New Hope for Adults with Bipolar-ADHD Syndrome

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A Denver psychiatrist has found in long-term clinical studies that many adults with bipolar disorders can achieve a remarkable, stable recovery by taking stimulant medications along with conventional mood stabilizers. They are suffering from an inherited syndrome of childhood-onset bipolar disorder with ADHD and do not respond fully to conventional bipolar treatment. Dr. William Niederhut has published his findings in a new book, "The COBAD Syndrome: New Hope for People Suffering from the Inherited Syndrome of Childhood-Onset Bipolar Disorder with ADHD."

A Denver psychiatrist has found in long-term clinical studies that many adults with bipolar disorders can achieve a remarkable, stable recovery by taking stimulant medications like Ritalin or amphetamines along with conventional mood stabilizers. "They are suffering from an inherited bipolar syndrome with attention-deficit hyperactivity disorder (ADHD), and do not respond fully to conventional approaches to bipolar treatment," he said.

"These people and their biological relatives typically experience chronic depression, irritability and anxiety beginning in their childhood years, along with symptoms of ADHD," said Dr. William Niederhut, a graduate of Harvard Medical School. "The ADHD is an integral part of their childhood-onset bipolar syndrome. It is not a case of their having either a bipolar disorder or ADHD, but both."

Researchers at Harvard first identified the syndrome in children a decade ago, but "psychiatrists studying bipolar disorders have been slow to recognize and successfully treat the syndrome in adults," said Dr. Niederhut. "Their studies have tended to focus on hospitalized adults with more severe bipolar disorders who are not candidates for stimulant treatment."

Dr. Niederhut became interested in the Harvard research literature on children with the syndrome two years ago after both of his daughters were diagnosed with childhood bipolar disorders. He then recognized a mild form of the syndrome in himself, and began to identify its features in many of his adult patients.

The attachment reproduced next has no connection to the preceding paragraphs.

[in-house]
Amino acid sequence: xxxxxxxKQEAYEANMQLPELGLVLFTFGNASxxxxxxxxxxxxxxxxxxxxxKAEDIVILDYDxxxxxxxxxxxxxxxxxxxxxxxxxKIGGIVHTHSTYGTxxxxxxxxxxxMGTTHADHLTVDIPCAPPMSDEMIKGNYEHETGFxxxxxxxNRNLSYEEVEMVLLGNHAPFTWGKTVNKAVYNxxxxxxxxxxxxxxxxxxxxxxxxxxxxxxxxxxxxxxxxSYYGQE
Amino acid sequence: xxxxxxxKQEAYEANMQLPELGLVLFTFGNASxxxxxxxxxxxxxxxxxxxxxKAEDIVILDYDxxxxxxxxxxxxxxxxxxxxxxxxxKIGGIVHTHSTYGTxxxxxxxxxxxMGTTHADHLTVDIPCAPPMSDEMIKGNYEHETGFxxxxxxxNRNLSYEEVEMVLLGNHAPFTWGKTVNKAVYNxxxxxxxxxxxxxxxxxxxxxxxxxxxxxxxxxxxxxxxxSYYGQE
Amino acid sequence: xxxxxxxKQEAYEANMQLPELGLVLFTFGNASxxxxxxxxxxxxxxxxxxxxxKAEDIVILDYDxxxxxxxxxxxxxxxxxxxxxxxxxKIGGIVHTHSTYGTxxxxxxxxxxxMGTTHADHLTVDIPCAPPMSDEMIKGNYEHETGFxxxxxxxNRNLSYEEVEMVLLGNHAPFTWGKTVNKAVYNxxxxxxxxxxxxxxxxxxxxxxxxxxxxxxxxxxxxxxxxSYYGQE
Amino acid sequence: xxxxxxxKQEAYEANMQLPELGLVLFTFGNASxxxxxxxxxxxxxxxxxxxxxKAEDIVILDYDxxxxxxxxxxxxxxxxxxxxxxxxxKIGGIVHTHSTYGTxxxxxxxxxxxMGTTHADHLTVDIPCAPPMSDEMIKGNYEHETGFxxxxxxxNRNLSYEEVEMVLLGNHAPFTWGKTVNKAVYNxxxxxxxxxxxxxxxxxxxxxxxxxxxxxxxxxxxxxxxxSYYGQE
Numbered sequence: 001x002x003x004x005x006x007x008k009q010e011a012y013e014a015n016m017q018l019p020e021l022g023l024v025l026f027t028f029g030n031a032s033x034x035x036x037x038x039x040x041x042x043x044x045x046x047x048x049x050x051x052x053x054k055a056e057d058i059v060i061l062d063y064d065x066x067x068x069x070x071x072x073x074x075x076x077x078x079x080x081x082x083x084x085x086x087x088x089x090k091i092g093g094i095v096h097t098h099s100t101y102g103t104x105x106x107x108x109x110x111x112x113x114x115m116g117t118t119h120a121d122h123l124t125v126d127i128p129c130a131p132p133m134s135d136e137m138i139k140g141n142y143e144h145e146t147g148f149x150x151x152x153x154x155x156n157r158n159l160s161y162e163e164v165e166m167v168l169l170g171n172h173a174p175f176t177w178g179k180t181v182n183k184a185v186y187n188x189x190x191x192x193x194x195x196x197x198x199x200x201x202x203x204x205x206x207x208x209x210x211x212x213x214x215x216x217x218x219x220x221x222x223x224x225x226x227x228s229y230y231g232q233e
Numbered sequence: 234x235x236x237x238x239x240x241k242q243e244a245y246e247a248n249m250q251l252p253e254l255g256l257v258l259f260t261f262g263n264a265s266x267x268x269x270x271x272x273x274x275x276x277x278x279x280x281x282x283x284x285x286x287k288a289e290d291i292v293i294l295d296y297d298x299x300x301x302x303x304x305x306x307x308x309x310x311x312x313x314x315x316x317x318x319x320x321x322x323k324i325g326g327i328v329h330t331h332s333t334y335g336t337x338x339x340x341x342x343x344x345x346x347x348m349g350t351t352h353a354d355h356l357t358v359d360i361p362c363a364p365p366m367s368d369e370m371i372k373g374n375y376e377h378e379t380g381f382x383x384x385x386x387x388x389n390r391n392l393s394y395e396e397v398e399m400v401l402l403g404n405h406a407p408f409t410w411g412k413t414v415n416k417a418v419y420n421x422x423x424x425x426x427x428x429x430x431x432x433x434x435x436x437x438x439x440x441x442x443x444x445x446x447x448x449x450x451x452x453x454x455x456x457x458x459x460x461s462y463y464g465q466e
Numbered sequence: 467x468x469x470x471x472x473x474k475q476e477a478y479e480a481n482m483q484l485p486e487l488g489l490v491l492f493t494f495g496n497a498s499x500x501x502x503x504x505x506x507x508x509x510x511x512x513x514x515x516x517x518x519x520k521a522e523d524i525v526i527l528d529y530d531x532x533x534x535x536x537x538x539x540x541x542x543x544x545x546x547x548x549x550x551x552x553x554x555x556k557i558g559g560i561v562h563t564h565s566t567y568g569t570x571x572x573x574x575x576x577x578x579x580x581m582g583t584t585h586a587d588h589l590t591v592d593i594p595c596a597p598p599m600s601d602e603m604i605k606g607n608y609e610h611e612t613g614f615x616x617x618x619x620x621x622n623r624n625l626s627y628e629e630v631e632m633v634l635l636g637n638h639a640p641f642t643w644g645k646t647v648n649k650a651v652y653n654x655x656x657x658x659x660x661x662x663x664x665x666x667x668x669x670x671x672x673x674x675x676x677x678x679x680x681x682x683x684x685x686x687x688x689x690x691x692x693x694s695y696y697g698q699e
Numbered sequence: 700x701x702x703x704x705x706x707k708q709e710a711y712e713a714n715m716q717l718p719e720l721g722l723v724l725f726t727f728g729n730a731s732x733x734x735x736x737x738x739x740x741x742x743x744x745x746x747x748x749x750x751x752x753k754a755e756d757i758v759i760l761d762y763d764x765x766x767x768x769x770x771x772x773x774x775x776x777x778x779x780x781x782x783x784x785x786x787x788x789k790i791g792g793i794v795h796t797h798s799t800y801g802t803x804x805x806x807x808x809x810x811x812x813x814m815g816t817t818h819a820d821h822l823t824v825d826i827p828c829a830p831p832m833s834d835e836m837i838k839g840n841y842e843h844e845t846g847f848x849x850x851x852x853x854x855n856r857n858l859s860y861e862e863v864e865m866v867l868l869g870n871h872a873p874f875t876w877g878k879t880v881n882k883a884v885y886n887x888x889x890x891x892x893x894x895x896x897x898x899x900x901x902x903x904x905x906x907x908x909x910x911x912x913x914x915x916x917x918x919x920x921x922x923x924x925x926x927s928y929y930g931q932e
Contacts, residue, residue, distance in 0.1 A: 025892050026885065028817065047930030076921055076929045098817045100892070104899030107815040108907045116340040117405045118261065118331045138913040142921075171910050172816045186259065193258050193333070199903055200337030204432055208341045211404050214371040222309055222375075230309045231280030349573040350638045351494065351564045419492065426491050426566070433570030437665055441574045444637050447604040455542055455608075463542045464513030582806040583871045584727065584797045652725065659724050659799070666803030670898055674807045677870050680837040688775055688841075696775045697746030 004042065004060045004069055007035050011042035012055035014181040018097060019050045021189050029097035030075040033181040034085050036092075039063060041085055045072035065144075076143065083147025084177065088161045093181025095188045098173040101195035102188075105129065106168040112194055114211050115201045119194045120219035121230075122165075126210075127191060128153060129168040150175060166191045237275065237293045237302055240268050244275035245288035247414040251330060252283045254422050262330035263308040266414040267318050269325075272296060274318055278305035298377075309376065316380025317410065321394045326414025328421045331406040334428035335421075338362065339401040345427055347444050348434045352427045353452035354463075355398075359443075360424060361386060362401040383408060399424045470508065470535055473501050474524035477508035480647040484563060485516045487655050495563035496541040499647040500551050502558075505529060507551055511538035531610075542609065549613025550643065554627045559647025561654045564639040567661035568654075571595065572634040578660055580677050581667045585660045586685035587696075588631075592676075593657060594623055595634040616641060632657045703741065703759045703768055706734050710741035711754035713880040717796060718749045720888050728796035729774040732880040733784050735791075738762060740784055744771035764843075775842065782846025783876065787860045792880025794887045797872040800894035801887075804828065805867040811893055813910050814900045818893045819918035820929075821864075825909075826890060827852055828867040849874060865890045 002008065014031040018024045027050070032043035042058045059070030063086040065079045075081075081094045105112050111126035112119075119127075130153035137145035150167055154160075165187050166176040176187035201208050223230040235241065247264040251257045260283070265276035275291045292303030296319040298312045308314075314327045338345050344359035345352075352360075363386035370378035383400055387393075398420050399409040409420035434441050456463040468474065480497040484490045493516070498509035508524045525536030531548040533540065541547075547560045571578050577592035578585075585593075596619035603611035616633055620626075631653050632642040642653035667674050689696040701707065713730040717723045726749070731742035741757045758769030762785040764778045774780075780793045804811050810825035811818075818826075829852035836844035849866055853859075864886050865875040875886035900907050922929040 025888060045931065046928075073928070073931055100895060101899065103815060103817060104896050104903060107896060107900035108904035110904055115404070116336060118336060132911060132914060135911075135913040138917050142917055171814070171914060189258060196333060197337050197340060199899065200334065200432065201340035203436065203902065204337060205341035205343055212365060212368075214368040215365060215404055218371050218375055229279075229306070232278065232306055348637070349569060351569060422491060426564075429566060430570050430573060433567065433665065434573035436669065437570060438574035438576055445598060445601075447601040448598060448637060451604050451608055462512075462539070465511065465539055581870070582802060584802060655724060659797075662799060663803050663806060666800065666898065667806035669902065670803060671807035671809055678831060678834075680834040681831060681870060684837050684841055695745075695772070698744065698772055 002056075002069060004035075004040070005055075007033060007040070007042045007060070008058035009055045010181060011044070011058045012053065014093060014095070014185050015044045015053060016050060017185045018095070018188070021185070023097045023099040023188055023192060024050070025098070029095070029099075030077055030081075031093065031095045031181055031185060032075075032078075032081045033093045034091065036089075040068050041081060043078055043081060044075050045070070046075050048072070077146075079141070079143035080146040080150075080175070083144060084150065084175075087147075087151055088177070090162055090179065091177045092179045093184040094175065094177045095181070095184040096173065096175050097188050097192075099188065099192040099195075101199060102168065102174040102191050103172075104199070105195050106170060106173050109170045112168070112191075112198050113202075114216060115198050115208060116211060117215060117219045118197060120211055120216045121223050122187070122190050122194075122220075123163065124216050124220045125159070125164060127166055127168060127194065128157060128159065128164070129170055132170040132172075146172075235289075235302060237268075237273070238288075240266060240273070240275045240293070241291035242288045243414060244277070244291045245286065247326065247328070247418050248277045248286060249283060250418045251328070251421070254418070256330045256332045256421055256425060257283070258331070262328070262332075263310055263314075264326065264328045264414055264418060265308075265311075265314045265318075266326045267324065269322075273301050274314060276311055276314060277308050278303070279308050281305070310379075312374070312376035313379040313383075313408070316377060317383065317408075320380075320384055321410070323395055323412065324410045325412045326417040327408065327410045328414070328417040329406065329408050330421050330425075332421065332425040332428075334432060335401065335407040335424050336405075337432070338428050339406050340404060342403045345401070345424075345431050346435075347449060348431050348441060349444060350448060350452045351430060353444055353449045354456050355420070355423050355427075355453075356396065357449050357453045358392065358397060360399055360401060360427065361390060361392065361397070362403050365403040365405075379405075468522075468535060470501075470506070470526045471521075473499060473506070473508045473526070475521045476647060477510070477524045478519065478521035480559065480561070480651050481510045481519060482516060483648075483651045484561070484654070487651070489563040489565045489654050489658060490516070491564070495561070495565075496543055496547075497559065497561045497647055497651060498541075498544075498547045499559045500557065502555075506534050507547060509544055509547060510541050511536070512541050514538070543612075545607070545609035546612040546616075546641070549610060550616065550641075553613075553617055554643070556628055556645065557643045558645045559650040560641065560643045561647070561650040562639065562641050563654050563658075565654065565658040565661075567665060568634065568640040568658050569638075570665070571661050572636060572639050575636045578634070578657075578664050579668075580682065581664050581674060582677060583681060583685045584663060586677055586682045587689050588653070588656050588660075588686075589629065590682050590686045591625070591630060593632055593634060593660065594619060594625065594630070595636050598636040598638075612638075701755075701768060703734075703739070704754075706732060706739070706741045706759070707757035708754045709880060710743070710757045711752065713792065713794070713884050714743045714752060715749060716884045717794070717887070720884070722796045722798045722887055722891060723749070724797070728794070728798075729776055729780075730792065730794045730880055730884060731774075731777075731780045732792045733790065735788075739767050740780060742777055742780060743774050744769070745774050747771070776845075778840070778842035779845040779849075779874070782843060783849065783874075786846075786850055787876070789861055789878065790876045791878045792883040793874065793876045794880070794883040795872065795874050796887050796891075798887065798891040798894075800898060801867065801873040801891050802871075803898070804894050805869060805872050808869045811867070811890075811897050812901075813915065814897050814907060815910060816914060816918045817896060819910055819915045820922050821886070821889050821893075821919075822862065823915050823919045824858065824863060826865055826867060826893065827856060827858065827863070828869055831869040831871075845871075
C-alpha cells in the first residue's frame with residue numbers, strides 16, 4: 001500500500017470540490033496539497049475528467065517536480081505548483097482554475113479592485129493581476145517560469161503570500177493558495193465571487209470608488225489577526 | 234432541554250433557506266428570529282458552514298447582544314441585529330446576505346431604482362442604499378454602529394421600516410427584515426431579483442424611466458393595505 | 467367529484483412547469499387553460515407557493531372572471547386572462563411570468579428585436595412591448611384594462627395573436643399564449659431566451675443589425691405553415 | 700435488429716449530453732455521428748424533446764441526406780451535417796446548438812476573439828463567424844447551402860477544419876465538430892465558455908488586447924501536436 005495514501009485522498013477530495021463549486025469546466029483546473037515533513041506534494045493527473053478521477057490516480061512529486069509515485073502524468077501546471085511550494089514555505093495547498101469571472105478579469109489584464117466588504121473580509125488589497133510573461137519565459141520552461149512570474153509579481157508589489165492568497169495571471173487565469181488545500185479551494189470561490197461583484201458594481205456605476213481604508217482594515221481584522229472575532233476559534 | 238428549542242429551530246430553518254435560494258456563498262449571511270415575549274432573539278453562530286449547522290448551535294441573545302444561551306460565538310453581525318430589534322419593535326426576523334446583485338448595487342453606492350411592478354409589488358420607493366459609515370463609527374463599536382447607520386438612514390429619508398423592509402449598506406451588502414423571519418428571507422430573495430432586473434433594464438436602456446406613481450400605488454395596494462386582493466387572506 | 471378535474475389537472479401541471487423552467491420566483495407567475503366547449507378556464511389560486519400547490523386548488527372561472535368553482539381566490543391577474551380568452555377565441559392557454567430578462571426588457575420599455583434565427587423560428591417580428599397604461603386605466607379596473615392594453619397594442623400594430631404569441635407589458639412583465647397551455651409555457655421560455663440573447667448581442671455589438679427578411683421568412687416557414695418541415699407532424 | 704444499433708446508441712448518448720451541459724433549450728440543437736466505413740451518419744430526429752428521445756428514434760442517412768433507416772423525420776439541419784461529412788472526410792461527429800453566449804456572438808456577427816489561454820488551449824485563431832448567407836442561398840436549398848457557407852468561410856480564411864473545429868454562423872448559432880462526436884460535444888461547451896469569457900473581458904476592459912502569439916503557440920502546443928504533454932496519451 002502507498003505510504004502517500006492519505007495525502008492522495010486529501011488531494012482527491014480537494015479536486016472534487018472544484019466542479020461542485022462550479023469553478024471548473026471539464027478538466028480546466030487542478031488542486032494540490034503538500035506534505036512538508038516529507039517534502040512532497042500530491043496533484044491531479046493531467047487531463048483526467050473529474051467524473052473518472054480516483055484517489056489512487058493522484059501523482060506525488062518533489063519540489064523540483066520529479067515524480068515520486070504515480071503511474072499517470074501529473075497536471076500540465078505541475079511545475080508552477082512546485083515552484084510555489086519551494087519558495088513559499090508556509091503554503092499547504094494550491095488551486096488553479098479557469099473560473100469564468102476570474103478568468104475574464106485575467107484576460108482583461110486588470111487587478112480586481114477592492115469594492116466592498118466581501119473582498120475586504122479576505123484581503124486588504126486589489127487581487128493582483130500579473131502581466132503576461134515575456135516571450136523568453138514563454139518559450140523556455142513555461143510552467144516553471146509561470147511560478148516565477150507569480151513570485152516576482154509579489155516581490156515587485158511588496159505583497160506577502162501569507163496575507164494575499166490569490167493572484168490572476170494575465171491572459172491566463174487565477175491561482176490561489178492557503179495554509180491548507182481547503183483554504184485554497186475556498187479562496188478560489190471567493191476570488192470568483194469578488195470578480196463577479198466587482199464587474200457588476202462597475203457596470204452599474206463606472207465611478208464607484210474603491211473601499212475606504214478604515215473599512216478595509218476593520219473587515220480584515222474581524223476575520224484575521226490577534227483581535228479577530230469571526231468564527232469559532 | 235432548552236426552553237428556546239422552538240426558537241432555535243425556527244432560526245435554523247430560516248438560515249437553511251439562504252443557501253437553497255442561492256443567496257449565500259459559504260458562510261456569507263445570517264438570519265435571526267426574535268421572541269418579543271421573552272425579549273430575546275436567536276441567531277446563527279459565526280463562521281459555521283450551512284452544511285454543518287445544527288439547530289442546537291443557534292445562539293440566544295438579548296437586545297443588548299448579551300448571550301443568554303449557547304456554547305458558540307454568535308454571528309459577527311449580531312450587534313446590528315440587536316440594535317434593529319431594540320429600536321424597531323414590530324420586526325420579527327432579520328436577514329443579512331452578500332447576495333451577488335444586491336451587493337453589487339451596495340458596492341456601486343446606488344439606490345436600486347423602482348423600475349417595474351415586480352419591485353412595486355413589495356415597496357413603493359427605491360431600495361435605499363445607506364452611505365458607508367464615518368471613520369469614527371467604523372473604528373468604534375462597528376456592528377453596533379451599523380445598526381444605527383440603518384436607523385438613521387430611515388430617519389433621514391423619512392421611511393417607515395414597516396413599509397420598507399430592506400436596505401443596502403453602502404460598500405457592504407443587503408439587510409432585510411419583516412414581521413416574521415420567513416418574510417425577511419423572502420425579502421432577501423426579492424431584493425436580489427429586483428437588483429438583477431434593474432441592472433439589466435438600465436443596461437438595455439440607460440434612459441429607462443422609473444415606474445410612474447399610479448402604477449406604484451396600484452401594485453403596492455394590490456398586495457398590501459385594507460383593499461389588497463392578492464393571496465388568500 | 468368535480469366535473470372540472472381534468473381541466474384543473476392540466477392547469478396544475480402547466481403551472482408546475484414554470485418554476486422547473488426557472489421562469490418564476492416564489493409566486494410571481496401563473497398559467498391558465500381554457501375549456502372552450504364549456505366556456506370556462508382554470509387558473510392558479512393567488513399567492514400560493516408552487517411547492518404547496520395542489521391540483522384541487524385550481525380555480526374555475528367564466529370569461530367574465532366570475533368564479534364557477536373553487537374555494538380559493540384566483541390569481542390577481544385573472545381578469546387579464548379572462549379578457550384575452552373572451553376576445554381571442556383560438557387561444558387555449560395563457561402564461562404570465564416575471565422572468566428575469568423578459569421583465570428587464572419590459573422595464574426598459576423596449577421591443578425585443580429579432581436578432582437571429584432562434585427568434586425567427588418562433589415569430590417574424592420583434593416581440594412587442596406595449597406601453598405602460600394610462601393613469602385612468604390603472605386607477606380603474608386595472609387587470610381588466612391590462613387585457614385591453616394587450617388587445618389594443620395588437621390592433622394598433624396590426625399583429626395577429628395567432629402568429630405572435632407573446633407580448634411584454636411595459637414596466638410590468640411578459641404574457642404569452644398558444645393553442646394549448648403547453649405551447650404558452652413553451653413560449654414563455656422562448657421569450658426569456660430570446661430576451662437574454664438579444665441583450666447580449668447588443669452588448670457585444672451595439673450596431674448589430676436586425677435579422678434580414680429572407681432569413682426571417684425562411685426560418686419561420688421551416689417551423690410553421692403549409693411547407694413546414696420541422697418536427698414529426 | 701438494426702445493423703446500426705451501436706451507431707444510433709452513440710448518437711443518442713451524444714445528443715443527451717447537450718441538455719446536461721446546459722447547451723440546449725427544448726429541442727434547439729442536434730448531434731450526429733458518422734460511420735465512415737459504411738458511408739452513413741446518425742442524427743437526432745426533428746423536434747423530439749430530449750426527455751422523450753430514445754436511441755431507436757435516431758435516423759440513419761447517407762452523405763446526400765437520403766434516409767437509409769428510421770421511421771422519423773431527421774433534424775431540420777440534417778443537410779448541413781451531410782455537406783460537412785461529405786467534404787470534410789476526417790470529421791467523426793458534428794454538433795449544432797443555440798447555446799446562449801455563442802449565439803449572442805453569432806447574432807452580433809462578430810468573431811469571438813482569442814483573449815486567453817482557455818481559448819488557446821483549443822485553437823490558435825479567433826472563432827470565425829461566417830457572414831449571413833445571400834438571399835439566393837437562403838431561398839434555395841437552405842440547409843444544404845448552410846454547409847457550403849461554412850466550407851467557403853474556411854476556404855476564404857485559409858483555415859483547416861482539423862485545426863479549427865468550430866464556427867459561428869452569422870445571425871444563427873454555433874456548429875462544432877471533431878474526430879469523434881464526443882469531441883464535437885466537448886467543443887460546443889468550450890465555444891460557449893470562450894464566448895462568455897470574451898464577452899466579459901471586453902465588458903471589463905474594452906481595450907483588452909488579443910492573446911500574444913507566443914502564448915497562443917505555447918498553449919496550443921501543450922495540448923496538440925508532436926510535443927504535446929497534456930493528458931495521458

"I found that the syndrome is quite common, and can be successfully treated, often with excellent results," he said. "Many of my patients feel well now for the first time in their lives, without symptoms of depression, ADHD, or mania."

For the past two years Dr. Niederhut has been carefully refining his approach to diagnosing and treating the syndrome, which he has called the "COBAD" syndrome, an acronym for "Childhood-Onset Bipolar Attention-Deficit" syndrome. He has published his findings, together with a summary of the research literature on the subject, in his new book, "The COBAD Syndrome: New Hope for People Suffering from the Inherited Syndrome of Childhood-Onset Bipolar Disorder with ADHD," available this month at Amazon.com

"My book calls for a paradigm shift in modern psychiatry," he said. "Psychiatrists need to do more than simply stabilize moods for people with this syndrome. They need to recognize and treat the ADHD that is an integral, disabling part of the disorder."

Contact Info:

William Niederhut, M.D.

650 South Cherry Street, Suite 1060

Denver, Colorado 80246

Phone: (303) 331-0662 / Fax: (303) 377-3849

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